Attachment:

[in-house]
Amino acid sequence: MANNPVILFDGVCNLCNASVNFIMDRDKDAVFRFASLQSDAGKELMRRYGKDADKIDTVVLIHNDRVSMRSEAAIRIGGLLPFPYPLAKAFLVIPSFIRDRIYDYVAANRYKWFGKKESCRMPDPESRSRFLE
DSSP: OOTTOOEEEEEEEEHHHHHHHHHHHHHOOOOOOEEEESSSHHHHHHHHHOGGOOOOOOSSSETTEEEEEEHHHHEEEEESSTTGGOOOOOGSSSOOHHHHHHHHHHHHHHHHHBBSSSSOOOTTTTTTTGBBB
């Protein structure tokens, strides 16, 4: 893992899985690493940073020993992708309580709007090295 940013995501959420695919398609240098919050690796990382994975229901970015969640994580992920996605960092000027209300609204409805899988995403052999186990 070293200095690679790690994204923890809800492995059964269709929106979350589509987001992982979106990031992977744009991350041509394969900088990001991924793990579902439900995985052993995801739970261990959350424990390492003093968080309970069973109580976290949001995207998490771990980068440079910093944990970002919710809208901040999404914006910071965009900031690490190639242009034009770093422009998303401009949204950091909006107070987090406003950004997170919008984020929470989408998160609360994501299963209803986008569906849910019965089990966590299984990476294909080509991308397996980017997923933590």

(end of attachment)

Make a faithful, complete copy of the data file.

[in-house]
Amino acid sequence: MANNPVILFDGVCNLCNASVNFIMDRDKDAVFRFASLQSDAGKELMRRYGKDADKIDTVVLIHNDRVSMRSEAAIRIGGLLPFPYPLAKAFLVIPSFIRDRIYDYVAANRYKWFGKKESCRMPDPESRSRFLE
DSSP: OOTTOOEEEEEEEEHHHHHHHHHHHHHOOOOOOEEEESSSHHHHHHHHHOGGOOOOOOSSSETTEEEEEEHHHHEEEEESSTTGGOOOOOGSSSOOHHHHHHHHHHHHHHHHHBBSSSSOOOTTTTTTTGBBB
């Protein structure tokens, strides 16, 4: 893992899985690493940073020993992708309580709007090295 940013995501959420695919398609240098919050690796990382994975229901970015969640994580992920996605960092000027209300609204409805899988995403052999186990 070293200095690679790690994204923890809800492995059964269709929106979350589509987001992982979106990031992977744009991350041509394969900088990001991924793990579902439900995985052993995801739970261990959350424990390492003093968080309970069973109580976290949001995207998490771990980068440079910093944990970002919710809208901040999404914006910071965009900031690490190639242009034009770093422009998303401009949204950091909006107070987090406003950004997170919008984020929470989408998160609360994501299963209803986008569906849910019965089990966590299984990476294909080509991308397996980017997923933590």